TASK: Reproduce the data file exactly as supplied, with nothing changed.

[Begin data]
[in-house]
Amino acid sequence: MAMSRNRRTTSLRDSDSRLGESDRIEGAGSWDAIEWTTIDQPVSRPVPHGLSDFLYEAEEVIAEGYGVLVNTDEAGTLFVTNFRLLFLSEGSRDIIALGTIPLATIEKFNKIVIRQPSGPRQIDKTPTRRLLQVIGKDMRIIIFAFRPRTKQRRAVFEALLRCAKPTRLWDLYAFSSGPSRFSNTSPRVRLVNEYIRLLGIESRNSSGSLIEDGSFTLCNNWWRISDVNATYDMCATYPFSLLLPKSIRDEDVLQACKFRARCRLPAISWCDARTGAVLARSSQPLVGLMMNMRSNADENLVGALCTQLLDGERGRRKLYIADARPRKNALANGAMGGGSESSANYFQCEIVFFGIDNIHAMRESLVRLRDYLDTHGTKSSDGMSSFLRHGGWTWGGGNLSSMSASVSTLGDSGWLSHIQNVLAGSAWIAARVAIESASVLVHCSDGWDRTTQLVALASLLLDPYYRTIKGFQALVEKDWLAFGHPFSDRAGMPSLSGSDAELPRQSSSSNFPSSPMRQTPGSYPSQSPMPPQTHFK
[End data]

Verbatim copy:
[in-house]
Amino acid sequence: MAMSRNRRTTSLRDSDSRLGESDRIEGAGSWDAIEWTTIDQPVSRPVPHGLSDFLYEAEEVIAEGYGVLVNTDEAGTLFVTNFRLLFLSEGSRDIIALGTIPLATIEKFNKIVIRQPSGPRQIDKTPTRRLLQVIGKDMRIIIFAFRPRTKQRRAVFEALLRCAKPTRLWDLYAFSSGPSRFSNTSPRVRLVNEYIRLLGIESRNSSGSLIEDGSFTLCNNWWRISDVNATYDMCATYPFSLLLPKSIRDEDVLQACKFRARCRLPAISWCDARTGAVLARSSQPLVGLMMNMRSNADENLVGALCTQLLDGERGRRKLYIADARPRKNALANGAMGGGSESSANYFQCEIVFFGIDNIHAMRESLVRLRDYLDTHGTKSSDGMSSFLRHGGWTWGGGNLSSMSASVSTLGDSGWLSHIQNVLAGSAWIAARVAIESASVLVHCSDGWDRTTQLVALASLLLDPYYRTIKGFQALVEKDWLAFGHPFSDRAGMPSLSGSDAELPRQSSSSNFPSSPMRQTPGSYPSQSPMPPQTHFK